“Dr. Charles Tator, a Professor of Neurosurgery at the University of Toronto who has been outspoken on the subject of pro sports and concussions, said questions remain with Edelman and NFL concussion data…. Edelman may end up suing the team if he develops complications from the Super Bowl.” MARK ZWOLINSKI
Or is it?
With Edelman’s concussion status a red-button issue for about 14 hours after his New England Patriots downed Seattle for the title, reports surfaced that Edelman was indeed checked and cleared of concussion concerns before re-entering the game.
A “person with knowledge of the situation” said the star receiver was checked on the sideline by medical staff and an independent neurologist. Edelman absorbed a helmet-to-helmet hit from Seattle safety Kam Chancellor, sparking concerns for his well being, but returned to the game, caught three more passes for 33 yards, including a go-ahead touchdown and a five-yarder that set up the game-winning touchdown.
Patriots coach Bill Belichick released a statement Monday outlining a trust relationship with his medical staff, which apparently leaves the bottom line perception that Edelman would not have remained in the game had his concussion clearance been declined by the team’s medical staff.
“I’m a coach and I had a deal with our trainers and doctor,” Belichick said in his statement.
“They’re the medical experts and they don’t call plays, and I’m the coach and I don’t get involved in the medical part,” he said. “When they clear players to play, then if we want to play them, we play them. The plays we call, I don’t have to get approval from them. It’s a good setup.”
Whether the statement and the unsourced clearance report stems concern for Edelman’s playing status remains an open case for the NFL, which drew record audiences, ticket prices and betting levels for the game, all while garnering further criticisms in the weeklong buildup over its handling of several controversies during the season.
One of those controversies was the league’s update on concussion-related incidents, which Commissioner Roger Goodell unveiled during the week to show concussions were down 25 per cent in the 2014 season.
Concern for Edelman erupted after the Chancellor hit, with his return to the game seemingly paced ahead of the NFL’s prescribed timing for head trauma tests of 8 to 12 minutes.
The league’s concussion protocol also lists several symptoms as “potential concussion signs” that should be evaluated, two of which many believed were obvious in Edelman’s behaviour following the hit:
“Slow to get up following a hit to the head” and “Motor co-ordination/balance problems (stumbles, trips/falls, slow/laboured movement).”
The Star’s Bruce Arthur was among many alarmed at Edelman’s movement following the hit, and called for immediate action on Twitter:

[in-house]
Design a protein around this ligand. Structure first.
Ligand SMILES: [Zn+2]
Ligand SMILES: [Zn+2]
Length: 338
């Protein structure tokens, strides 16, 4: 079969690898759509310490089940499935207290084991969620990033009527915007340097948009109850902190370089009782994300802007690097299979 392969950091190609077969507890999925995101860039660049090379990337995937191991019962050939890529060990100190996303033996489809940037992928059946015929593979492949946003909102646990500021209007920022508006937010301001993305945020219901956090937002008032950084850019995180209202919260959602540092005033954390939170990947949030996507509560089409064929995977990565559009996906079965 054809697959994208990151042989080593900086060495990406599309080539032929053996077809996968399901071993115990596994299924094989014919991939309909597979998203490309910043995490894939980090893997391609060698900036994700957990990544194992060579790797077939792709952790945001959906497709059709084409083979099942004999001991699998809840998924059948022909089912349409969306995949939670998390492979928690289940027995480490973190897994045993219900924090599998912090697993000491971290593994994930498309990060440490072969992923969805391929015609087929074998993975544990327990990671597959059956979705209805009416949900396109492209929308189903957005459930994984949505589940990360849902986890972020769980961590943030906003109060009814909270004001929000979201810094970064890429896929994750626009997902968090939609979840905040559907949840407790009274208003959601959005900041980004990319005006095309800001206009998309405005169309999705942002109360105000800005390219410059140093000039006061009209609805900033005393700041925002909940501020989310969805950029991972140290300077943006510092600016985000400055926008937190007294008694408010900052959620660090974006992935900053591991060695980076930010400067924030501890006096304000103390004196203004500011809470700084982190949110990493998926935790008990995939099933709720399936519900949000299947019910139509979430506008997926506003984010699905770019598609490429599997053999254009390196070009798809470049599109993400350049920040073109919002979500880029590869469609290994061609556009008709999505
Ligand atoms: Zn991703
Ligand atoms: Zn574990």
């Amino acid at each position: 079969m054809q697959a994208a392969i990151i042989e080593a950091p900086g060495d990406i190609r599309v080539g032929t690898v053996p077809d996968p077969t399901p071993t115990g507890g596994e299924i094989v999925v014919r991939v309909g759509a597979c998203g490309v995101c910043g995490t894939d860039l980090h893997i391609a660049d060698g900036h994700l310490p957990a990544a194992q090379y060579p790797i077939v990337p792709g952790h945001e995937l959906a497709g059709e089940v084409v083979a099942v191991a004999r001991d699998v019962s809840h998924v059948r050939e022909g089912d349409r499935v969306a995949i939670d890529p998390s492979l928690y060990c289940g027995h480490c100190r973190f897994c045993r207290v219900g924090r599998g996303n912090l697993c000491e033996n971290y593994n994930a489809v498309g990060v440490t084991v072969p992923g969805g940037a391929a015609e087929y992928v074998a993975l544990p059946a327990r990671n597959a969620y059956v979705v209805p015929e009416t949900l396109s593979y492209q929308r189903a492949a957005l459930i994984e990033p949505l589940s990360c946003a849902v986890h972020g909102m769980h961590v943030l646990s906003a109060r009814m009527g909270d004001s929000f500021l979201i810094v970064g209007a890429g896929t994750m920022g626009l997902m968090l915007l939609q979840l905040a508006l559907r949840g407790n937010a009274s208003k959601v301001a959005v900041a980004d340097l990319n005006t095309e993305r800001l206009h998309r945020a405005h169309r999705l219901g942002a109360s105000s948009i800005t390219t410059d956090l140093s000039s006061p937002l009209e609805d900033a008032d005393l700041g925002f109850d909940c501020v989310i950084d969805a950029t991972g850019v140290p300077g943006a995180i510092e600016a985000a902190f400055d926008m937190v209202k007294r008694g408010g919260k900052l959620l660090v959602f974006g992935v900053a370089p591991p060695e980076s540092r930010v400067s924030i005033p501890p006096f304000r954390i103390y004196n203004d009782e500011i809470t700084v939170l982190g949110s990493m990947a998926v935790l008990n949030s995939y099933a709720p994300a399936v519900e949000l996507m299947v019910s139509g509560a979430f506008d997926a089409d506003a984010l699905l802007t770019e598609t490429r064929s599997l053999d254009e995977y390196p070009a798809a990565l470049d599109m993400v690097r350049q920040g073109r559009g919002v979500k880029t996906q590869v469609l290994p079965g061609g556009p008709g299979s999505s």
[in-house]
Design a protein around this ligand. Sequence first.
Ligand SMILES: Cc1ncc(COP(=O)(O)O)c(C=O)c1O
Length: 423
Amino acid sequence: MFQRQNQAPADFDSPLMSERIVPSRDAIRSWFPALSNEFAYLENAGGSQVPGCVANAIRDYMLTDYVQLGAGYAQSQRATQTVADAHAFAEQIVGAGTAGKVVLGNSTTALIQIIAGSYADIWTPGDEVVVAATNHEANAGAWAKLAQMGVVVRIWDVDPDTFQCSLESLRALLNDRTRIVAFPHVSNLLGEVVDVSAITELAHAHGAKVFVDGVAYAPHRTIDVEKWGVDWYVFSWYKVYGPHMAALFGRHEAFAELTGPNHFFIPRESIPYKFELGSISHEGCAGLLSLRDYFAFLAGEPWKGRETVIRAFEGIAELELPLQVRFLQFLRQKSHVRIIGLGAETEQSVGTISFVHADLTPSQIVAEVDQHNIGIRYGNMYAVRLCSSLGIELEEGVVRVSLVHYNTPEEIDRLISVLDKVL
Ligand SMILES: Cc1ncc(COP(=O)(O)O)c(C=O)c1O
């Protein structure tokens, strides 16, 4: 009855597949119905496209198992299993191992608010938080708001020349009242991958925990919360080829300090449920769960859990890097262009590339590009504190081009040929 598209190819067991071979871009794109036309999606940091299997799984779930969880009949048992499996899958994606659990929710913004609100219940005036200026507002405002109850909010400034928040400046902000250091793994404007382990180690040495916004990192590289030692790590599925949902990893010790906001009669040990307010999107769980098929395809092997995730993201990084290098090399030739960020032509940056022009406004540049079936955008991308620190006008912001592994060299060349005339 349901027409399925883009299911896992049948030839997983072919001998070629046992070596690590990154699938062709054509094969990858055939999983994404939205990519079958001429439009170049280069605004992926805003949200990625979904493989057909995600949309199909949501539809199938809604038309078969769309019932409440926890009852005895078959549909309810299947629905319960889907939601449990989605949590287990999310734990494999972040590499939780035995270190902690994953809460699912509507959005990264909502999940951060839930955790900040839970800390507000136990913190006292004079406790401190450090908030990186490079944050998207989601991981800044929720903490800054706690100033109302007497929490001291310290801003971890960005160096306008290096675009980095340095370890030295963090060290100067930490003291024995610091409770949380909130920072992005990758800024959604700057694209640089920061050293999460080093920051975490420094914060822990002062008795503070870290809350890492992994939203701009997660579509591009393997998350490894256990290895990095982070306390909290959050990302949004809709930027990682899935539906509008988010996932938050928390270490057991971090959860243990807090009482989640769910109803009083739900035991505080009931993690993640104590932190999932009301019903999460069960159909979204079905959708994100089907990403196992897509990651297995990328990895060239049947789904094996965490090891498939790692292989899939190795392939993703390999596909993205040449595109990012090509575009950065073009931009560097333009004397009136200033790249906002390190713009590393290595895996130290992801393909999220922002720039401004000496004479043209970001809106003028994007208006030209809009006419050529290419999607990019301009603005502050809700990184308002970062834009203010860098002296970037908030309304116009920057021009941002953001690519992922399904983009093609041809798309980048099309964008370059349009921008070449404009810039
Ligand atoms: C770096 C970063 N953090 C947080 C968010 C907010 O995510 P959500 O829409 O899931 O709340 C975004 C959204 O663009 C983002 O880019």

“Julian Edelman got hit in the head, hard. Check him. You pretend to be serious about this stuff. Check him . . .”
Further alarm rose when Detroit Free Press writer Dave Birkett twice tweeted that an independent medical officer twice radioed the sideline that Edelman required a concussion test, without confirmation that the test was performed.
Ultimately, Edelman’s terrific, overall performance, the followup test reports and the Belichick statement turned the story away from whether the NFL tested Edelman, but not from concern for player head trauma and the “warrior” status players receive from teammates for playing through pain.
“He’s the toughest player I’ve ever played with. He’s a warrior,” Patriots receiver Danny Amendola said of Edelman, who missed the final two games of the regular season with concussion symptoms, and who replaced Wes Welker, a receiver who’d suffered three concussions over the past year.
Dr. Charles Tator, a Professor of Neurosurgery at the University of Toronto who has been outspoken on the subject of pro sports and concussions, said questions remain with Edelman and NFL concussion data.
That concern was echoed previously when Goodell released his concussion data, with critics pointing to quarterbacks Russell Wilson and Ben Roethlisberger, who were allowed to return to playoff games without concussions tests after brutal hits to the head.
“There is minimal evidence that concussions are down in the NFL. There are still too many ways that teams can avoid diagnosing concussions in their players, and thus the statistics are not clear,” Tator said.
“Also, why does the league permit helmet-to-helmet hits? In my opinion, the NFL has not done enough to protect players. Julian Edelman may end up suing the team if he develops complications from the Super Bowl. That should not be the only way to knock some sense into the NFL and the team owners.
“If the USA football world is going to succeed in its attempts to ‘save the game’ it will have to do more.”